After giving one direction, allow a short period of time (approx 3-7 seconds) to pass before you move on to the next instruction. Research into auditory processing in kids shows that young children process what they hear when they are given time for the information to sink in.
It’s such a simple concept, but sometimes we try to fill in the set explanation time with as much information as possible, as we’re worried we won’t have the students’ attention for long. Using ‘wait time’ actually makes more sense.
10. Be Precise in Your Instructions
Anyone who has ever opened up the instruction manual intended to be used when you put together a new piece of furniture knows how frustrating it can be to receive poorly worded instructions. The same is true for our students.
Your students may be trying to follow directions, but they’re simply confused because you have worded things poorly or overwhelmed them with too much information all at once. When assigning a task, choose your words carefully and be as precise as possible.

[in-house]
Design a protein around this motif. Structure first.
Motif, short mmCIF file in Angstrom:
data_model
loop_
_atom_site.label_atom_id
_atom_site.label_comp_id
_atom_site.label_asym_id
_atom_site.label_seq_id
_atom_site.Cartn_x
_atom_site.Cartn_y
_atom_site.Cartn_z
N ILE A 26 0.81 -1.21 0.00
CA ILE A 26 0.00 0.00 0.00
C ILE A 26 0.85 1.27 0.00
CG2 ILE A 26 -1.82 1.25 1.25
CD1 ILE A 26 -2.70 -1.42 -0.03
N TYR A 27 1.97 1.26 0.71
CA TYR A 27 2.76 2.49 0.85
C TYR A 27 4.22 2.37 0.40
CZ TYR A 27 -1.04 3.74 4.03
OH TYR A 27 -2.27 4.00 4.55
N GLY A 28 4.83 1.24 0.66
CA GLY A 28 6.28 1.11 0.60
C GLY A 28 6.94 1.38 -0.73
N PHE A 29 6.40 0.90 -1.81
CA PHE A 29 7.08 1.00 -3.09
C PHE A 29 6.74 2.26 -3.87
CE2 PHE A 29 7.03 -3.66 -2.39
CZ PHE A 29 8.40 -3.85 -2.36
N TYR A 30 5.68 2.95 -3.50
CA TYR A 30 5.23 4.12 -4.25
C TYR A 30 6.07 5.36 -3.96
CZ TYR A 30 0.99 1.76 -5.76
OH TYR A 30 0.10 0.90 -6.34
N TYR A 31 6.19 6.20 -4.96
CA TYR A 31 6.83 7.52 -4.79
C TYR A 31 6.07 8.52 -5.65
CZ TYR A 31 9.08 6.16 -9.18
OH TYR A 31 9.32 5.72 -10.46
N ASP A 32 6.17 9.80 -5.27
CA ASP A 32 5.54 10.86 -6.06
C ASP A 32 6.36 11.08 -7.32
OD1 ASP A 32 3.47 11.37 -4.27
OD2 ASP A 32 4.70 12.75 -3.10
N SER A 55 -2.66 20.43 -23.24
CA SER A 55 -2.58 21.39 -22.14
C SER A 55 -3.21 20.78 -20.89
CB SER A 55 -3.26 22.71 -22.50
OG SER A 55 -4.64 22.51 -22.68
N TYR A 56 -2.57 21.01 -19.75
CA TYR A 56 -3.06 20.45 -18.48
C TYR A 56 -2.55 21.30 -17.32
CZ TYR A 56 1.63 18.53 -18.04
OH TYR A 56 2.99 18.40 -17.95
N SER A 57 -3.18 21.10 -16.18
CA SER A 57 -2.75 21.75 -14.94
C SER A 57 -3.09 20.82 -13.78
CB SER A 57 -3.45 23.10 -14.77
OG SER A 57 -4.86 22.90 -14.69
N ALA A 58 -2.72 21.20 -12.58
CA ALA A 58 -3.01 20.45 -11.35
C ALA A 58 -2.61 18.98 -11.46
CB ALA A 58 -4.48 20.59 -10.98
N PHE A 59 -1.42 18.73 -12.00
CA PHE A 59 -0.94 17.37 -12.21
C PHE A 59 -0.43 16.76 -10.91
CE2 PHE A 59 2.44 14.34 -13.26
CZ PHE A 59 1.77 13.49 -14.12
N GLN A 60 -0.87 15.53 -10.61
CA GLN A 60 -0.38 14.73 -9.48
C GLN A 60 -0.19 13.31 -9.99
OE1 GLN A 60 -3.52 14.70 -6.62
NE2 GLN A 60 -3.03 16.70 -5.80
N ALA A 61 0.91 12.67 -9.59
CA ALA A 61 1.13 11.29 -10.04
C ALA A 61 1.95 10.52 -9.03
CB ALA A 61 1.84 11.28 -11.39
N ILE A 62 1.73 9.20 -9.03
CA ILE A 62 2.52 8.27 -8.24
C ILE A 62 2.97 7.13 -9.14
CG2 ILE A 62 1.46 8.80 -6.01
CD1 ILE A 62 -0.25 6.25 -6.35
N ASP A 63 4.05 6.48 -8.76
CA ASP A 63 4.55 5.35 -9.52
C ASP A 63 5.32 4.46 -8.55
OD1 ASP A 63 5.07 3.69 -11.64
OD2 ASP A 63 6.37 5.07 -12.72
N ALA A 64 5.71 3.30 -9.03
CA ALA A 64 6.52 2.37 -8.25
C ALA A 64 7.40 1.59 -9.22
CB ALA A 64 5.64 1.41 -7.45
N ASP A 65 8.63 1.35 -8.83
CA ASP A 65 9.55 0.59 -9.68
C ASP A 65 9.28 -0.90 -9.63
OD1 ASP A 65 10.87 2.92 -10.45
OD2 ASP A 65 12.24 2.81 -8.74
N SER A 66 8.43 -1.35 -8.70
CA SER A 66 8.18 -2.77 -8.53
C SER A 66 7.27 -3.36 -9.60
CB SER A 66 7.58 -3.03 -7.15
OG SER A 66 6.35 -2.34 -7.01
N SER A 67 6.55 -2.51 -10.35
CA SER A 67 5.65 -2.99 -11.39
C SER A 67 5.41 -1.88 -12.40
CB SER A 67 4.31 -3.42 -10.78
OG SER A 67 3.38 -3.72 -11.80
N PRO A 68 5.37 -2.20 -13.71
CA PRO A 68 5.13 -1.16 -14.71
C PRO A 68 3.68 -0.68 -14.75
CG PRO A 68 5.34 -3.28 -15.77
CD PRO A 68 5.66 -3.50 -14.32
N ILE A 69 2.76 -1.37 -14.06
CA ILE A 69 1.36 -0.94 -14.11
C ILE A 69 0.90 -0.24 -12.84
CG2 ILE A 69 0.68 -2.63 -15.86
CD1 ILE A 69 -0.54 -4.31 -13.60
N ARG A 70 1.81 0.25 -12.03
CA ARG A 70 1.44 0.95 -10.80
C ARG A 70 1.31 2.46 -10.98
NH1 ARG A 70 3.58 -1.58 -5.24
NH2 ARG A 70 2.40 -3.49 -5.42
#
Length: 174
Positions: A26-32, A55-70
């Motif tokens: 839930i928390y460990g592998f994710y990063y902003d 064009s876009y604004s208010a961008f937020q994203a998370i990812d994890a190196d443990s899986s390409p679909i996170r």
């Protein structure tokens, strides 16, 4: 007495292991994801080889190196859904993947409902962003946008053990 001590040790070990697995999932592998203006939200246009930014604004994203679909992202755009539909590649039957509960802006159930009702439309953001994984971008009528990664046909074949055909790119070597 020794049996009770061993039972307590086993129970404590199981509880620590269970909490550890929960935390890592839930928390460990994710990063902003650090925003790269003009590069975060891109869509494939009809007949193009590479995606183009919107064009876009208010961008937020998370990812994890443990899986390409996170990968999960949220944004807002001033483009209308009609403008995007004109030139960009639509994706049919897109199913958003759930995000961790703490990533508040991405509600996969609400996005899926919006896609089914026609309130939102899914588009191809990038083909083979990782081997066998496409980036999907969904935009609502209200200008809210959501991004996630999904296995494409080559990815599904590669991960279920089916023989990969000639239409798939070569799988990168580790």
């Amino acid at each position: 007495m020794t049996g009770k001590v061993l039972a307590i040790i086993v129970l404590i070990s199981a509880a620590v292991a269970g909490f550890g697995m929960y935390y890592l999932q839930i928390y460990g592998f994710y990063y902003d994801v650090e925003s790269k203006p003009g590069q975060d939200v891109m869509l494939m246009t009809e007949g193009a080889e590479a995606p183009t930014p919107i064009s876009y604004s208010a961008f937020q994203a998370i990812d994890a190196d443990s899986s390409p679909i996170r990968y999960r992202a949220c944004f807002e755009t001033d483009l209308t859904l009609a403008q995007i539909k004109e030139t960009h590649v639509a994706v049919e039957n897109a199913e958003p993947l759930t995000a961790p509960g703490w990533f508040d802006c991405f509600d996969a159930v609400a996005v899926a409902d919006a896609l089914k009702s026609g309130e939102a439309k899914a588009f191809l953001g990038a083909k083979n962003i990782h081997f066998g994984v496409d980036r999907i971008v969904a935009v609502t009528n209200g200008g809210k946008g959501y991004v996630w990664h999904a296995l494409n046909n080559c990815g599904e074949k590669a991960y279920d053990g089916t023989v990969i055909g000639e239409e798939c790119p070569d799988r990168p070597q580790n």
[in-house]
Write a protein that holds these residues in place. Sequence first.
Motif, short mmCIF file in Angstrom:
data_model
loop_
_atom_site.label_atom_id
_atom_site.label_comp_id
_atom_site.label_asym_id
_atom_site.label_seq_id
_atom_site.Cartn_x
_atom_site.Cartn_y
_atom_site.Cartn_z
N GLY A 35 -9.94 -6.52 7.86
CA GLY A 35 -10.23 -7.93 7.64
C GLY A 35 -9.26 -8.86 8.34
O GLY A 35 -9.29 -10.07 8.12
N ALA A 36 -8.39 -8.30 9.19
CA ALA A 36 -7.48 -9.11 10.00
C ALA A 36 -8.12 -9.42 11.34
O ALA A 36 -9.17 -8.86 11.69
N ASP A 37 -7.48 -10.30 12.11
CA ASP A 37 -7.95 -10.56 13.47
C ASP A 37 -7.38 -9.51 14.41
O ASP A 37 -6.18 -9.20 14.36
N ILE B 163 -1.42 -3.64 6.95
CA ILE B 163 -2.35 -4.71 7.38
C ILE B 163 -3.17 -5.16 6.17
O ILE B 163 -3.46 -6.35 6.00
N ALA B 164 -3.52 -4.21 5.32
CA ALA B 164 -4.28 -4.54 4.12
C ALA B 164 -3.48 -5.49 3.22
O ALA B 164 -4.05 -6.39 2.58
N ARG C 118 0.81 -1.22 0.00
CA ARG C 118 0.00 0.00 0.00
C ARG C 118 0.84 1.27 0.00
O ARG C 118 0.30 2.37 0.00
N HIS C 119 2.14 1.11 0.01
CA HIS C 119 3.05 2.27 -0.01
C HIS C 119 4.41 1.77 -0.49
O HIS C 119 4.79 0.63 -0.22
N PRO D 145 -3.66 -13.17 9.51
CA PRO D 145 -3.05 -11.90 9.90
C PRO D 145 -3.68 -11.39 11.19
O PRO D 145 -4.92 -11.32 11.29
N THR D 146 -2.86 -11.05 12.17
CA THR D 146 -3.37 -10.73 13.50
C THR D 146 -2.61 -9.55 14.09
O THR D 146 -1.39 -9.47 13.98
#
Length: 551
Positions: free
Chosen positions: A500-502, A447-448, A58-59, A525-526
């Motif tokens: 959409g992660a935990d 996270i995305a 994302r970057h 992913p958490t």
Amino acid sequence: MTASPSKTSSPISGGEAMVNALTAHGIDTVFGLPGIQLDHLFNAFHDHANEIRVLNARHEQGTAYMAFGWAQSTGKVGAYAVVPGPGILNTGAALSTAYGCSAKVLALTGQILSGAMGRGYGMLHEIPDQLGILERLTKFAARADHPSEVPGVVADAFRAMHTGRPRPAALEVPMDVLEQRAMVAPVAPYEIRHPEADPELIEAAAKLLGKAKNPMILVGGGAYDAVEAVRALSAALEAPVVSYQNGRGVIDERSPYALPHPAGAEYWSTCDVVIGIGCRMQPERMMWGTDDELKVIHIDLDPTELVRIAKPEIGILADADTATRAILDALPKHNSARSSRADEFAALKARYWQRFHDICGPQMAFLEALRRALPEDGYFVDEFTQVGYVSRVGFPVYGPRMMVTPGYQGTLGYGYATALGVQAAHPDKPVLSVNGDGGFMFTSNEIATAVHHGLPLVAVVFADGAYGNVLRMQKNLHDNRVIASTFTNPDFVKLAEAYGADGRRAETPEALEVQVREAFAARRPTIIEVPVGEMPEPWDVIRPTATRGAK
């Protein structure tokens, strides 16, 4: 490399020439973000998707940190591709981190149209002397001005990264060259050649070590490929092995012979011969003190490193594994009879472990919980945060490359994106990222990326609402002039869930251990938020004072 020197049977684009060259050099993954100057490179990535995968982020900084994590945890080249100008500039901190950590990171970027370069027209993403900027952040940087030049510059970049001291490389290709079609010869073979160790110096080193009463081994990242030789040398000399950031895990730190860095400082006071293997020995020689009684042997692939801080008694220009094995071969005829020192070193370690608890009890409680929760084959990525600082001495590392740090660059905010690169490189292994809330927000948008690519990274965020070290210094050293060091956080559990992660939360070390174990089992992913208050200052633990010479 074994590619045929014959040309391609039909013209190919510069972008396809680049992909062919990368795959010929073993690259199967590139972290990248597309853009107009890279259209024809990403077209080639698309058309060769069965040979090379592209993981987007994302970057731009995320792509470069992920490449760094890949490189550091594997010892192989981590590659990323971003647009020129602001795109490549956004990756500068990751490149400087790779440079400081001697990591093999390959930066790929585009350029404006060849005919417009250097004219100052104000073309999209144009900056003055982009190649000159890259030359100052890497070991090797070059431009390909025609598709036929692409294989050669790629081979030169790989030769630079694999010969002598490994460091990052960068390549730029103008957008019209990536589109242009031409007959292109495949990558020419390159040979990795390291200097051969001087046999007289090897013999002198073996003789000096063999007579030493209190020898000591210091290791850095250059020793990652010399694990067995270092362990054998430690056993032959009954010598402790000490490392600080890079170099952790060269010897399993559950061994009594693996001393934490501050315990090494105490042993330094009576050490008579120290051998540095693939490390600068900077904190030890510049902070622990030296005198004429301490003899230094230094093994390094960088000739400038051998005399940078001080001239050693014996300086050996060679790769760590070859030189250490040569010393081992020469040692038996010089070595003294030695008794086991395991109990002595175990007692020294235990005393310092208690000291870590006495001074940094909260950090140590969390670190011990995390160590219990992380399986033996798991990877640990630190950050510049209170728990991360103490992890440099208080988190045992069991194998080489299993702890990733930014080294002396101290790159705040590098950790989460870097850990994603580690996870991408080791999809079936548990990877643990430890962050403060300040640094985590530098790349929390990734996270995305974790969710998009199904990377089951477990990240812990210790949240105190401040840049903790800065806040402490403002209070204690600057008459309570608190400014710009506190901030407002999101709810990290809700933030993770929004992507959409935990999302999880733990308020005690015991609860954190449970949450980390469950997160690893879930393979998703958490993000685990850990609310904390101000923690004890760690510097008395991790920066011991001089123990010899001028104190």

You may also find breaking the instructions into smaller, more manageable tasks will be easier for your students to digest. We also suggest numbering each step in lengthy directions to help students understand the correct order to proceed.
A Final Word on Following Instructions in the Classroom
You may find that a couple of these suggestions work well together. For example, you may use visual direction cards, a lower voice, and the magic word. It’s about adapting to suit the needs of the students in your class and a little bit of trial and error.